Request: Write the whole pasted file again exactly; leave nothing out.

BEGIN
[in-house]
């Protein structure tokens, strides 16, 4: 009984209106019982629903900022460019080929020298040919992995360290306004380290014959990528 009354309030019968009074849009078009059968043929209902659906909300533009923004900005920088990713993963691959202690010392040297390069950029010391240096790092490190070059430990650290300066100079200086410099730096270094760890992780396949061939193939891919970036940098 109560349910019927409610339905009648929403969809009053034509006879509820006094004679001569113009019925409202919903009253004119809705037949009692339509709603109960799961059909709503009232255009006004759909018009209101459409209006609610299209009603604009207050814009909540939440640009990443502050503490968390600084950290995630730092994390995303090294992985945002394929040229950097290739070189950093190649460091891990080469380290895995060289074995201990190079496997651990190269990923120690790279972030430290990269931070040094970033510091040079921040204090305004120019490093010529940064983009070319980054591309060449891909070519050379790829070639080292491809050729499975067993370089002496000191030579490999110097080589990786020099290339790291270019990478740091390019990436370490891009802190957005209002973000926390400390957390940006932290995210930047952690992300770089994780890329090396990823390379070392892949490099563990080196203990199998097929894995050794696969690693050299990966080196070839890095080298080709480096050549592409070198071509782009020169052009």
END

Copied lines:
[in-house]
């Protein structure tokens, strides 16, 4: 009984209106019982629903900022460019080929020298040919992995360290306004380290014959990528 009354309030019968009074849009078009059968043929209902659906909300533009923004900005920088990713993963691959202690010392040297390069950029010391240096790092490190070059430990650290300066100079200086410099730096270094760890992780396949061939193939891919970036940098 109560349910019927409610339905009648929403969809009053034509006879509820006094004679001569113009019925409202919903009253004119809705037949009692339509709603109960799961059909709503009232255009006004759909018009209101459409209006609610299209009603604009207050814009909540939440640009990443502050503490968390600084950290995630730092994390995303090294992985945002394929040229950097290739070189950093190649460091891990080469380290895995060289074995201990190079496997651990190269990923120690790279972030430290990269931070040094970033510091040079921040204090305004120019490093010529940064983009070319980054591309060449891909070519050379790829070639080292491809050729499975067993370089002496000191030579490999110097080589990786020099290339790291270019990478740091390019990436370490891009802190957005209002973000926390400390957390940006932290995210930047952690992300770089994780890329090396990823390379070392892949490099563990080196203990199998097929894995050794696969690693050299990966080196070839890095080298080709480096050549592409070198071509782009020169052009």